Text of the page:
by NADEEM BADSHAH
FINANCE chiefs and ministers have been urged to intervene after it emerged that ethnic minorities experience discrimination by banks.
Mick McAteer, who runs the Financial Inclusion Centre think-tank, accused the Financial Conduct Authority (FCA) watchdog of failing to protect vulnerable groups from being charged excessive amounts for unarranged overdrafts.
The FCA says those living in the most deprived areas in the UK are 70 per cent more likely to have to use an unarranged overdraft and pay up to twice as much in charges and fees.
The regulator said those affected tend to be from BAME communities and more likely to
be financially vulnerable due to poor health and disability.
Labour MP Khalid Mahmood urged the FCA and government to look into the findings.
He told Eastern Eye: “Since the 2008 financial crash, predominantly Asian businesses
that have been equity rich were subjected to contract changes at short notice, so they are unable to change their bankers, which led to huge financial distress.
“And in some instances, losing assets they had, there is a real issue. There have been a couple of debates in parliament. The FCA needs to do more, it hasn’t done enough.
“This is ‘intimidation’ banking. Since the 2008 crash, banks have not learned and are resorting to predatory banking – it is high time this issue is addressed by FCA and chancellor.”
The FCA regulator announced plans to reform overdrafts in December such as banning excessive fees. But McAteer, a former FCA board member, believes the only way to properly protect vulnerable people is to introduce a cap on repayments.
He said: “The impact [of a cap] on payday lending has been such a success and we can’t see why the FCA can’t do the same for overdraft lending.
“Banks have been allowed to overcharge people from BAME communities, people with disabilities, single parents – I think this is a real dereliction of duty.
“It’s a fact of life that if you’re from a particular minority, you [are more likely to] have suffered discrimination in the workplace, in the housing market through no fault of your own, and the regulator allows banks to discriminate against you in another area of your life.”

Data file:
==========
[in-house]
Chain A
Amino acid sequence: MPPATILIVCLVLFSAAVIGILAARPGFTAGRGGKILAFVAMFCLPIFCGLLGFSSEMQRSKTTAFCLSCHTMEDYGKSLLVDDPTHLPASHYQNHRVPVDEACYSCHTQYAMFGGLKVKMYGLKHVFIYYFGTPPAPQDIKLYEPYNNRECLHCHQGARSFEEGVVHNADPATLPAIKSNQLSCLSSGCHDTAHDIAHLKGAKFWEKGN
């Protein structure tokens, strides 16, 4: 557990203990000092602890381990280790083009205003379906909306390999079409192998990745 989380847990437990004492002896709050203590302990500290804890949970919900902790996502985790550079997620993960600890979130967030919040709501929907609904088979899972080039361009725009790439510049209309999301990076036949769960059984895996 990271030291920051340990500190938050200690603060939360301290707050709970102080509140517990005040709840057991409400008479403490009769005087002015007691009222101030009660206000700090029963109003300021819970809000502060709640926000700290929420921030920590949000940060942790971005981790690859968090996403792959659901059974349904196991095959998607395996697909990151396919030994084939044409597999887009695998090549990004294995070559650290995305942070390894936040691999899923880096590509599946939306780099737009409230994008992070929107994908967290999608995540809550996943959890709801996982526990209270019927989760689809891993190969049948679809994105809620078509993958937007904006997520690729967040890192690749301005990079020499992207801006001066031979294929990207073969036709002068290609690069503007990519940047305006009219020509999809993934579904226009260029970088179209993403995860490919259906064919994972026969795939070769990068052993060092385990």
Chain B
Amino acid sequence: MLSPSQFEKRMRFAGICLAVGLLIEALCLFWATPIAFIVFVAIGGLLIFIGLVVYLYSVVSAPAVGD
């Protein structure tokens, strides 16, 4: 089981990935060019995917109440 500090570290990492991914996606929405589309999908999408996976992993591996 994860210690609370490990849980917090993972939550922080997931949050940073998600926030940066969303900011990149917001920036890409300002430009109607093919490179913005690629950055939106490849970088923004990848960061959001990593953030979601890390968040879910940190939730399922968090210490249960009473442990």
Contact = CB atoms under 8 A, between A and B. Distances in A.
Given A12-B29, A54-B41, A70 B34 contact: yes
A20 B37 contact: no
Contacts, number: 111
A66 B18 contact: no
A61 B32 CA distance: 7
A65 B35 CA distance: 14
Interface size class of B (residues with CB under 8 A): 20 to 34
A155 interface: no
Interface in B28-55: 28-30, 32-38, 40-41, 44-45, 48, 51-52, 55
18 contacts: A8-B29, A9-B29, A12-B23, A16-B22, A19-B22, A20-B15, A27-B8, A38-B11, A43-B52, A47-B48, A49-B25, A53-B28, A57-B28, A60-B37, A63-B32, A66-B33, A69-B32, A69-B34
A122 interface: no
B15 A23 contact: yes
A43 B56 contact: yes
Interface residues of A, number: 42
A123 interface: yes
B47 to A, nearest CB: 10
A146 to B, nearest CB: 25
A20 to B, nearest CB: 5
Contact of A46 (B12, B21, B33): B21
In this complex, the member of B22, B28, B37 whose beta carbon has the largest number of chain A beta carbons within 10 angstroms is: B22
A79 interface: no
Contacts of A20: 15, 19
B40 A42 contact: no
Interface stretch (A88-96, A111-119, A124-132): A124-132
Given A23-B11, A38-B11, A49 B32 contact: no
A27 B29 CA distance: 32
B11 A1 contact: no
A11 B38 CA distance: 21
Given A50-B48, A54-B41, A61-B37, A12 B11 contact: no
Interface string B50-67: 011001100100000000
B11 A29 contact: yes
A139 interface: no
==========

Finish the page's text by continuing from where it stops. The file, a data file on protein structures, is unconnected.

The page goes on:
Kishan Devani, vice-president of the Liberal Democrats’ campaign for race equality, told Eastern Eye: “Absolutely nobody should be left disadvantaged due to their ethnic background, socio-economic background or any other characteristic.
“If it is the case, however, that people are being discriminated by banks then the government cannot stand by and do nothing. It must be urgently investigated and stopped.
“All too often BME communities are denied the same priority as others in our society. They deserve better, and the Liberal Democrats demand better. There is a duty on all of us to root out this deeply troubling discrimination.”
Solicitor Amjad Malik said if any bank targets a vulnerable individual, it breaks article 14 of
The European Convention on Human Rights 1950. But he believes banks and building societies have “reduced promoting and encouraging lender activities to members of ethnic
communities, especially those vulnerable and disabled” due to “Brexit fears or a result of the recession”.
An FCA spokesman said the regulator was consulting on proposals “to undertake the biggest intervention in the overdraft market in a generation, and we welcome any view on the changes we’ve suggested. “We believe that these changes will provide greater
protection for the millions of people that use overdrafts, particularly the most vulnerable.”
A UK Finance spokesperson, which represents banks, said: “UK Finance members have been working with the regulator to explore new ways to better identify and support customers with repeat overdraft use. We will continue to liaise with the FCA.”